Contrary to how many weather maps appear, a hurricane is more
than a point on a weather map, and its path is more than a line.
It is a large system that can affect a wide area, requiring
that precautions be taken far from where the eye is predicted
to come ashore. This section talks about the different parts
of the hurricane and will help you better understand hurricane
The main parts of a hurricane are the rainbands on its outer
edges, the eye, and the eyewall. Air spirals in toward the center
in a counter-clockwise pattern, and out the top in the opposite
direction. In the very center of the storm, air sinks, forming
the cloud-free eye.
The hurricane's center is a relatively calm, clear area usually
20-40 miles across. People in the midst of a hurricane are often
amazed at how the incredibly fierce winds and rain can suddenly
stop and the sky clear when the eye comes over them. Then, just
as quickly, the winds and rain begin again, but this time from
the opposite direction.
The dense wall of thunderstorms surrounding the eye has the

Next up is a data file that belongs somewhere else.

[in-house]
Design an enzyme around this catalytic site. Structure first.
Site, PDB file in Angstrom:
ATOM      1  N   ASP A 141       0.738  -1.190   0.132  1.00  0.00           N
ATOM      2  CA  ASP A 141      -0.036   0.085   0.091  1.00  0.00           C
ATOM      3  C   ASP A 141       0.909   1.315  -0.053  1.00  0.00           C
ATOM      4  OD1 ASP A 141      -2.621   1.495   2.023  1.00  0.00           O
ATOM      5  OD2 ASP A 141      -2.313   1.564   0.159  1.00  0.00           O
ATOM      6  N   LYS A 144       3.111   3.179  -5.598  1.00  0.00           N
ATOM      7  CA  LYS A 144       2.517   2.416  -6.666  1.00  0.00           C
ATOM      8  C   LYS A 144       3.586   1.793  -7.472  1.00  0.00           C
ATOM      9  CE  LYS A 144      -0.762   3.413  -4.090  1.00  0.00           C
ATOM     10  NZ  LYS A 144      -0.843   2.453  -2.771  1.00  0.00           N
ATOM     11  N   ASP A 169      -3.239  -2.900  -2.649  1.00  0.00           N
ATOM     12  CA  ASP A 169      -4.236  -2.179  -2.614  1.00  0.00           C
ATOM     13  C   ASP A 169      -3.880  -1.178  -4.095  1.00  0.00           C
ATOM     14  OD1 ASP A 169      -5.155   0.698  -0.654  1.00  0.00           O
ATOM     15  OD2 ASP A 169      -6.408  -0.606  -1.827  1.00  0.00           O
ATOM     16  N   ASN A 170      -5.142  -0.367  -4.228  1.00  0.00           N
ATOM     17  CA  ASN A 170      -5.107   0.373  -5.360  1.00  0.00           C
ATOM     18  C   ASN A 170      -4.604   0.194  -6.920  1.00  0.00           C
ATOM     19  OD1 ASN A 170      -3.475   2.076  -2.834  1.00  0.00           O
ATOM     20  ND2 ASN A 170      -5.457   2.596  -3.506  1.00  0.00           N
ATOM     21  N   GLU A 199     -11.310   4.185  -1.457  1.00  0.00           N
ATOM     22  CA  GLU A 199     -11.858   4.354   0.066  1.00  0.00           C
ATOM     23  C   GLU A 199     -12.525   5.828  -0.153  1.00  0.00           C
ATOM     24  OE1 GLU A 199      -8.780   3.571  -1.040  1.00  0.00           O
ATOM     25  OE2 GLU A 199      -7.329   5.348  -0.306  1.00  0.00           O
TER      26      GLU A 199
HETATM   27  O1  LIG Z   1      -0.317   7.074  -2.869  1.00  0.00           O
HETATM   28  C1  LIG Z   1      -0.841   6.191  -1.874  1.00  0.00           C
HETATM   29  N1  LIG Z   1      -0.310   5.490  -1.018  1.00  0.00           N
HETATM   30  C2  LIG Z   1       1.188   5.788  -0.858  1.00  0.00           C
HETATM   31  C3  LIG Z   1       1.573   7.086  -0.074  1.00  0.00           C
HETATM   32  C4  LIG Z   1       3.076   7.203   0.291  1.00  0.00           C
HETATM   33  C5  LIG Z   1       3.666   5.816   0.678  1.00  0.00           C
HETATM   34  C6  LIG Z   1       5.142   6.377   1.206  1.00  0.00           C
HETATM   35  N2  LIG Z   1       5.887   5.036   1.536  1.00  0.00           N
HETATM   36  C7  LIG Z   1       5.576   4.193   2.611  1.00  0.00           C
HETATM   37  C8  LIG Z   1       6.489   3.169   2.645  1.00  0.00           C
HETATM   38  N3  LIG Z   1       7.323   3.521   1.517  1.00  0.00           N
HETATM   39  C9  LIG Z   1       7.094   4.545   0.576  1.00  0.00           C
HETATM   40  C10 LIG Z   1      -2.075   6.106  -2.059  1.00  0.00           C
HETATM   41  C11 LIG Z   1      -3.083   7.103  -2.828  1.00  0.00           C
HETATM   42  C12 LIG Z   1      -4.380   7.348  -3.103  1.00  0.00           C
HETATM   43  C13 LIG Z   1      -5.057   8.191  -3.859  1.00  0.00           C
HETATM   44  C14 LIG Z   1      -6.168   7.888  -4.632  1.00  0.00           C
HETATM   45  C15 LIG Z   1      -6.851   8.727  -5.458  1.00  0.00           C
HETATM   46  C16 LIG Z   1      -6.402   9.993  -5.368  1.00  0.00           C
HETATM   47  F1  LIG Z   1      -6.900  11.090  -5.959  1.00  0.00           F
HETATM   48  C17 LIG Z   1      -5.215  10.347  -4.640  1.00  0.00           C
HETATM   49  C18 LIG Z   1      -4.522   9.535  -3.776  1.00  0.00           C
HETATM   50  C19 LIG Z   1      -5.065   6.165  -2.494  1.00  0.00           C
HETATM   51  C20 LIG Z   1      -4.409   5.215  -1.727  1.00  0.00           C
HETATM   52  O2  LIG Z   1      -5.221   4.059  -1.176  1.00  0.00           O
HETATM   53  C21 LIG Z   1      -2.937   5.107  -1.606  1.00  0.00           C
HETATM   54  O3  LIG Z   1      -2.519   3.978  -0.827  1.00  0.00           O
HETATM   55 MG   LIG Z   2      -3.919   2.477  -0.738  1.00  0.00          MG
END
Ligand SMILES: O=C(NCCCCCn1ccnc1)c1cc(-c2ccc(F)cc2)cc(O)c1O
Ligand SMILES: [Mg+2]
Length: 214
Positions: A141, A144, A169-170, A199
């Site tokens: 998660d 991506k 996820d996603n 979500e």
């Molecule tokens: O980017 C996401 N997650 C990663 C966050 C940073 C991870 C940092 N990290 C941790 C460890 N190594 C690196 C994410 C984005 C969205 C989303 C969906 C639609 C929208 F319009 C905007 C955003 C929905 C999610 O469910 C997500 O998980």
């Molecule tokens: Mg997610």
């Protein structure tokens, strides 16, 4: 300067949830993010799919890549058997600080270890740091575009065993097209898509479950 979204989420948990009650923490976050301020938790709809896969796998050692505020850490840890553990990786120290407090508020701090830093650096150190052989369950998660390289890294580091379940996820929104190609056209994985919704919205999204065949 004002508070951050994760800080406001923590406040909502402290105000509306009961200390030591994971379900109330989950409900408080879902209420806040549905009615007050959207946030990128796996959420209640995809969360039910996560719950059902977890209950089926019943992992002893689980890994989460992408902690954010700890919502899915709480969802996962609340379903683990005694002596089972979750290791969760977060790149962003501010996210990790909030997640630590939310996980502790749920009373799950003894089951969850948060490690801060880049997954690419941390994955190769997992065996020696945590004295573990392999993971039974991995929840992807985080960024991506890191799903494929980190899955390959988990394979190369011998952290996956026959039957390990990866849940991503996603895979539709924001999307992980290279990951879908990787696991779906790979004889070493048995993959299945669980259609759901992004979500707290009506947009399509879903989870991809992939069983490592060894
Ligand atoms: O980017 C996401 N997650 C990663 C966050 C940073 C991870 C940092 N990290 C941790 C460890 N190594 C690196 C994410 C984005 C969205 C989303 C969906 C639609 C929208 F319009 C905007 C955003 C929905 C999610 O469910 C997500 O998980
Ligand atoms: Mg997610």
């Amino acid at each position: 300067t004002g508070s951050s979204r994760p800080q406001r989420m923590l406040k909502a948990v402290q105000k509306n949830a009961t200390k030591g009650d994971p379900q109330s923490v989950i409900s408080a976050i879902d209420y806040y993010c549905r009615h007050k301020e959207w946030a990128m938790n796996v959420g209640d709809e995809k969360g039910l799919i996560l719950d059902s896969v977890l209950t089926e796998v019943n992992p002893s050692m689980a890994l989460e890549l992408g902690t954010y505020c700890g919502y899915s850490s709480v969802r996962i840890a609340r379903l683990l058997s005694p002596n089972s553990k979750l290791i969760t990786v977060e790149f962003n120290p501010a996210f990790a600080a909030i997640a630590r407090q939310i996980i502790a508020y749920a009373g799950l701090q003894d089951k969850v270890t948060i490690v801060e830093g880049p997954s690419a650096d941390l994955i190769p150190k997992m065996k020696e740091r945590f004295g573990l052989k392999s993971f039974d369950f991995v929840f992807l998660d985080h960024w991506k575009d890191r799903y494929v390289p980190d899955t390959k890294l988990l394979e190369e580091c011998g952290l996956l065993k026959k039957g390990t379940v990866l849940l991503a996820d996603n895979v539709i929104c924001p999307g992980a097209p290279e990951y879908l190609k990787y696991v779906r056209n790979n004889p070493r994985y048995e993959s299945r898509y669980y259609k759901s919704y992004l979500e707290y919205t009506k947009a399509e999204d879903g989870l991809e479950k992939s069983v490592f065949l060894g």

strongest winds within the storm. Changes in the structure of
the eye and eyewall can cause changes in the wind speed, which
is an indicator of the storm's intensity. The eye can grow or
shrink in size, and double (concentric) eyewalls can form.
The Spiral Rainbands
The storm's outer rainbands (often with hurricane or tropical
storm-force winds) can extend a few hundred miles from the center.
Hurricane Andrew's (1992) rainbands reached only 100 miles out
from the eye, while those in Hurricane Gilbert (1988) stretched
over 500 miles. These dense bands of thunderstorms, which spiral
slowly counterclockwise, range in width from a few miles to
tens of miles and are 50 to 300 miles long. Sometimes the bands
and the eye are obscured by higher level clouds, making it difficult
for forecasters to use satellite imagery to monitor the storm.
Typical hurricanes are about 300 miles wide although they can
vary considerably, as shown in the two enhanced satellite images
below. Size is not necessarily an indication of hurricane intensity.
Hurricane Andrew (1992), the most devastating hurricane of this
century, was a relatively small hurricane.